A salad appeared, and I smelled, checking the silver bowl for discoloration. Usually it would be fish, but this was pickled jellyfish instead. I noticed the glee of the poison taste behind Lady Lishu and cringed, wishing I hadn't seen that expression of malice. The consort looked quite shaken picking up a piece of mackerel in her chopsticks as if it were poison. My own dish was safe, tasting it and finding no problems with any stinging or numbness that several poisons caused. Next came soup. I checked the bowl, seeing nothing, and smelled it. A taste, and the stinging numbness was there. I don’t know what expression I showed, but the audience was staring at me.

“This is poison,” I announced to the silence, then stormed away behind the curtains, heading for a water jar and my purgative into my throat. I was vomiting the rainbow in seconds and Jinshi showed up suddenly, just THERE, leaning over me. He dragged me off to the infirmary and I puked for several minutes, completely empty of food and poison. If I’m any judge that was a paralytic poison.

“One of the ministers didn’t believe the girl and drank the soup anyway,” whispered one the eunuchs nearby. “This is a diplomatic incident.”

After the event calmed down Jinshi and I investigated. Sir Gaoshun, Jinshi’s elder and constant companion, possibly a bodyguard, brought me the bowl of poisoned soup. I made powder and examined the fingerprints revealed by talcum powder and a very light brush.

“The ones near the rim are from the poisoner. Common hands must never touch where noble lips will go, so I was taught,” explained, pointing. “But there’s something I need assistance to prove.”

A bit later Lady Lishu and her poison taster met in Jinshi’s office. I stepped forward and introduced myself, then lunged and revealed the sores under the sleeve of lady Lishu’s gown. One lecture on allergies and potential death later, and the increasingly pale face of the poison taster, I presented a set of documents I’d prepared for her.

“Giving her foods she cannot eat would be akin to poisoning her yourself. An attack on the imperial throne,” I said, all but threatening beheading her for her childish malice. And Lady Lishu is a child, only 15 and from a sheltered life. Finding out she was a concubine of the former emperor, at merely 10 years old, and former mother in law to Lady Ah-Duo, a woman whose features strongly resemble that of Jinshi himself, to the point he may be her son, almost certainly was her son, which means… many things I will want to think about later. The Emperor almost certainly keeps Lady Lishu here to protect her from her enemies outside the walls. He’s never visited her, preferring ripened fruit, as they say.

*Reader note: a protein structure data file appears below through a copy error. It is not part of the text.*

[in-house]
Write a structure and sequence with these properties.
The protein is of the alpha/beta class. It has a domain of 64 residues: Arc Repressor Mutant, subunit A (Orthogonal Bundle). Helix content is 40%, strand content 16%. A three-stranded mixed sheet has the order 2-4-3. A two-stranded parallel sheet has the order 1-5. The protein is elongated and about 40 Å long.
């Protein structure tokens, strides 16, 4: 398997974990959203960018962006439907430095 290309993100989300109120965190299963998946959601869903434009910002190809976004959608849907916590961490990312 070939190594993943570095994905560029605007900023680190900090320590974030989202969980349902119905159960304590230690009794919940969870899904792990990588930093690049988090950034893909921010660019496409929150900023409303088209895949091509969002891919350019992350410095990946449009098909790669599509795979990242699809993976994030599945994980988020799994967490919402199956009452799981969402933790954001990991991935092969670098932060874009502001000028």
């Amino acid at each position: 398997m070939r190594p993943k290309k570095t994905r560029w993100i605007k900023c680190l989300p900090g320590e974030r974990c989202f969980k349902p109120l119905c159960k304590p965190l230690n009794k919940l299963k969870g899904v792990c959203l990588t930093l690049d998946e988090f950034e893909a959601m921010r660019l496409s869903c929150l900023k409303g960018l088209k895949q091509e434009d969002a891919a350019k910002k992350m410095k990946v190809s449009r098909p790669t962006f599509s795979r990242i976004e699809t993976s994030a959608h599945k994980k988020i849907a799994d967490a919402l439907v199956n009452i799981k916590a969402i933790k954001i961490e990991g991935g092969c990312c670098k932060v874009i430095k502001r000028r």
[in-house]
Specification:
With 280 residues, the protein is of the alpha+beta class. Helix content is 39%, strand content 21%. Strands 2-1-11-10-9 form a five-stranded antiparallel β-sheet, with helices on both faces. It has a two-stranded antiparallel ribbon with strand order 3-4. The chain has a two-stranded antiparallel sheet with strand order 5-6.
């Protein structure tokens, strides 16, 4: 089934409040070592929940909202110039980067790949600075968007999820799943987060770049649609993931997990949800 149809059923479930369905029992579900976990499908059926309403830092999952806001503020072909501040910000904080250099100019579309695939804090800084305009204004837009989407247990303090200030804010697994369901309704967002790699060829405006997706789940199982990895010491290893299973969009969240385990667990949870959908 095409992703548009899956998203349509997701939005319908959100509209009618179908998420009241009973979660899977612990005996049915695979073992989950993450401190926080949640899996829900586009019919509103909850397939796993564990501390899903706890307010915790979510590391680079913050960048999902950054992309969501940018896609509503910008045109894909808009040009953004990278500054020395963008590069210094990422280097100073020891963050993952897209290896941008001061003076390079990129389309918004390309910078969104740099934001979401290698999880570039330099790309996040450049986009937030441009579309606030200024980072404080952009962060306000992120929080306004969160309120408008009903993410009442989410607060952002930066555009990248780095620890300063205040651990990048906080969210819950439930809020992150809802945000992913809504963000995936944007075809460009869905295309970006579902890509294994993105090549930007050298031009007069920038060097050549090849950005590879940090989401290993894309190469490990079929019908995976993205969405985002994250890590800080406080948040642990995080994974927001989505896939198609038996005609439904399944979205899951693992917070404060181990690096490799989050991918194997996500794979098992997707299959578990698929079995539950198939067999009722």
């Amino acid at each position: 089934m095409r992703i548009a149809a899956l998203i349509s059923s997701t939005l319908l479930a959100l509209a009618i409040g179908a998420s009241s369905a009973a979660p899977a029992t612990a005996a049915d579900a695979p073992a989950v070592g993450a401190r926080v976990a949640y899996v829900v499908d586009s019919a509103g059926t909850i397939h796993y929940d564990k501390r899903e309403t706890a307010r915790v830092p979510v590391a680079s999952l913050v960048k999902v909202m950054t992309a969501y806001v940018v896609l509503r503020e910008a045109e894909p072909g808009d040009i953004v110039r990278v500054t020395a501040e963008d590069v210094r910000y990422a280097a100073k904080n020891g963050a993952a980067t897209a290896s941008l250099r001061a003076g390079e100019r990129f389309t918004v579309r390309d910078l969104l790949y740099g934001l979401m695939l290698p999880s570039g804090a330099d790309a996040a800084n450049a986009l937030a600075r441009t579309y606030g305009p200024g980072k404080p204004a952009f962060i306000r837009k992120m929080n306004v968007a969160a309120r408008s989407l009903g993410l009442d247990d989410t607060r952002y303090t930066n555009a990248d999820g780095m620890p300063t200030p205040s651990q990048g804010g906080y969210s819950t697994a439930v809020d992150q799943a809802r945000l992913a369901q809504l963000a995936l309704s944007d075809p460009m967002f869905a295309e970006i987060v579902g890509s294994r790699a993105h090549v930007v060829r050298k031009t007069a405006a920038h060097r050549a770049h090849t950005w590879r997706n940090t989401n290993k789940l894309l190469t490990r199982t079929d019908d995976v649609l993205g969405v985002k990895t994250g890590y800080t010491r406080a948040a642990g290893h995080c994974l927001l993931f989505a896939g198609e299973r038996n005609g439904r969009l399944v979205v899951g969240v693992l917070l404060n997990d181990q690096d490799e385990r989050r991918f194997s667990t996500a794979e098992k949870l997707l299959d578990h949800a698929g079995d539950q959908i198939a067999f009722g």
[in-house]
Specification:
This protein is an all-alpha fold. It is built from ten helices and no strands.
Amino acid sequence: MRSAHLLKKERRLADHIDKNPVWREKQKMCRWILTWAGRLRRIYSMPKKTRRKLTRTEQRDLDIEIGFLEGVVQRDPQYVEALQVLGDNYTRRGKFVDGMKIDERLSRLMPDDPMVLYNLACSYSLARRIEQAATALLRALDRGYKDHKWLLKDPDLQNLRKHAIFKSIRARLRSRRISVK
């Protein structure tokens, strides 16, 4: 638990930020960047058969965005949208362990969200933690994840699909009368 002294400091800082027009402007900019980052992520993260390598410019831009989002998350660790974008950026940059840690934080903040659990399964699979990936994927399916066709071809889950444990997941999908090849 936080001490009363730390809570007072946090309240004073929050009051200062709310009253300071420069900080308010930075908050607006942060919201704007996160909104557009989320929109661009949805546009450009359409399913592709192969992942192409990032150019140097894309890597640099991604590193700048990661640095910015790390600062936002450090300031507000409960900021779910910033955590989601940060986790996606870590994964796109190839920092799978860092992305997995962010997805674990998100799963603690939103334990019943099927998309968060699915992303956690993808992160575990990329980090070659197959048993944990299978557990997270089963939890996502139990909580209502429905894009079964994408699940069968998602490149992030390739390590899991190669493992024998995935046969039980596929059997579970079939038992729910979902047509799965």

“I can provide a balm which will help those sores heal more quickly, Lady Lishu,” I offered, presenting a small seashell of medicine I’d crafted. Seashells are an inexpensive way to package remedies, since they are natural, plentiful, easy to clean or sterilize, and have fitting lids from the top shell. Many apothecaries use them for these reasons.


“So I was given these hairpins during the party,” I explained to Xiaolan.

“Oh, that means you can go outside the walls,” she casually mentioned.

“What?” I asked. Then I shook her. It seems that having a hairpin means you can get someone to act as your guarantor to leave the inner palace temporarily, a few days pass. I could visit father. I could drop in and see my sisters at Verdigris House. I immediately formed a plan.

A day later and a grinning Lihaku and all the money I had in the world in a sack smaller than I liked we arrived by carriage at Verdigris House.

“Hey granny! I’m back!” I called out. She stormed up and gut punched me. Puking the rainbow, just like old times.

“Where have you been? If I hadn’t gotten that letter I wouldn’t even be talking to you, abandoning everyone like that,” she complained.

“I was kidnapped. I couldn’t send out a letter. And I have to go back in a few days,” I answered.

“Get Pairin,” the old lady called to one of the girls, eyeing up the soldier, Lihaku.

“Hey, show me your muscles?” I asked him. He presented a bicep bigger than my torso was thick. This was going to cost. I handed over the sack of money to granny.

“This covers an introduction, but bring me more like him, or I’ll be selling you off myself,” she threatened. I tried wheedling on the price, but Pairin is insatiable when she meets a man she likes, and Pairin likes men with big muscles. Lihaku is her type. He wandered off with her on his arm and that would be a last I see of them both for the next few days.